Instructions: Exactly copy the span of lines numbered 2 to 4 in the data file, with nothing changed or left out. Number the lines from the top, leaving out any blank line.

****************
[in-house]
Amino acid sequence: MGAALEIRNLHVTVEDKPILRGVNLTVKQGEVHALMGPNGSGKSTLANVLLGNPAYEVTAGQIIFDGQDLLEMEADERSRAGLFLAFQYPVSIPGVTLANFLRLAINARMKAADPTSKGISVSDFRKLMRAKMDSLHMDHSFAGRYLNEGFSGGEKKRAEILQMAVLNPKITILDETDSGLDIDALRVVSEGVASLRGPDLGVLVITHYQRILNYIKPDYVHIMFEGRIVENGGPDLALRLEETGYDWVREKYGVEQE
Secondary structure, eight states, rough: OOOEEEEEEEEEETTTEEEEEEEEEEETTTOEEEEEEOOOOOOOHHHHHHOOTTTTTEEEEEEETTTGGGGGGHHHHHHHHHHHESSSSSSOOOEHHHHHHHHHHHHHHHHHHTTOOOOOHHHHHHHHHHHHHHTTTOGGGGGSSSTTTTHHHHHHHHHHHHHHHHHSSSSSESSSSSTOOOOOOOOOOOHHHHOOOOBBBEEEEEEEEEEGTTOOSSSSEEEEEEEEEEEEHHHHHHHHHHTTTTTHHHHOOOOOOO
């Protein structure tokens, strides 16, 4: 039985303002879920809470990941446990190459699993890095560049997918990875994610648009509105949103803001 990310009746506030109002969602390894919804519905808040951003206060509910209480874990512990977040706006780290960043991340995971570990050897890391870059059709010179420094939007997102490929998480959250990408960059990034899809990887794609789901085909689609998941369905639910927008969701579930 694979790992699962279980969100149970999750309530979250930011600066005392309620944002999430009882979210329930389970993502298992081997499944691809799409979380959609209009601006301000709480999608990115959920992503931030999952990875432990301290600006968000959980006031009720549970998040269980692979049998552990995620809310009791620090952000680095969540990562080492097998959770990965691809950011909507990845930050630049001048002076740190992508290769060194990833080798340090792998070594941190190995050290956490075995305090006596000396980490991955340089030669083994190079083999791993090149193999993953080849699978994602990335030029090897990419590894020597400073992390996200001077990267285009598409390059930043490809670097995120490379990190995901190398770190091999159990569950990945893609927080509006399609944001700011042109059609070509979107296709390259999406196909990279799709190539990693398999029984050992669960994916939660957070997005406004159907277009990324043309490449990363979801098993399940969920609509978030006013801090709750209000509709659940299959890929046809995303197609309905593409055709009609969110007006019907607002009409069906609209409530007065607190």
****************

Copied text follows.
Amino acid sequence: MGAALEIRNLHVTVEDKPILRGVNLTVKQGEVHALMGPNGSGKSTLANVLLGNPAYEVTAGQIIFDGQDLLEMEADERSRAGLFLAFQYPVSIPGVTLANFLRLAINARMKAADPTSKGISVSDFRKLMRAKMDSLHMDHSFAGRYLNEGFSGGEKKRAEILQMAVLNPKITILDETDSGLDIDALRVVSEGVASLRGPDLGVLVITHYQRILNYIKPDYVHIMFEGRIVENGGPDLALRLEETGYDWVREKYGVEQE
Secondary structure, eight states, rough: OOOEEEEEEEEEETTTEEEEEEEEEEETTTOEEEEEEOOOOOOOHHHHHHOOTTTTTEEEEEEETTTGGGGGGHHHHHHHHHHHESSSSSSOOOEHHHHHHHHHHHHHHHHHHTTOOOOOHHHHHHHHHHHHHHTTTOGGGGGSSSTTTTHHHHHHHHHHHHHHHHHSSSSSESSSSSTOOOOOOOOOOOHHHHOOOOBBBEEEEEEEEEEGTTOOSSSSEEEEEEEEEEEEHHHHHHHHHHTTTTTHHHHOOOOOOO
């Protein structure tokens, strides 16, 4: 039985303002879920809470990941446990190459699993890095560049997918990875994610648009509105949103803001 990310009746506030109002969602390894919804519905808040951003206060509910209480874990512990977040706006780290960043991340995971570990050897890391870059059709010179420094939007997102490929998480959250990408960059990034899809990887794609789901085909689609998941369905639910927008969701579930 694979790992699962279980969100149970999750309530979250930011600066005392309620944002999430009882979210329930389970993502298992081997499944691809799409979380959609209009601006301000709480999608990115959920992503931030999952990875432990301290600006968000959980006031009720549970998040269980692979049998552990995620809310009791620090952000680095969540990562080492097998959770990965691809950011909507990845930050630049001048002076740190992508290769060194990833080798340090792998070594941190190995050290956490075995305090006596000396980490991955340089030669083994190079083999791993090149193999993953080849699978994602990335030029090897990419590894020597400073992390996200001077990267285009598409390059930043490809670097995120490379990190995901190398770190091999159990569950990945893609927080509006399609944001700011042109059609070509979107296709390259999406196909990279799709190539990693398999029984050992669960994916939660957070997005406004159907277009990324043309490449990363979801098993399940969920609509978030006013801090709750209000509709659940299959890929046809995303197609309905593409055709009609969110007006019907607002009409069906609209409530007065607190």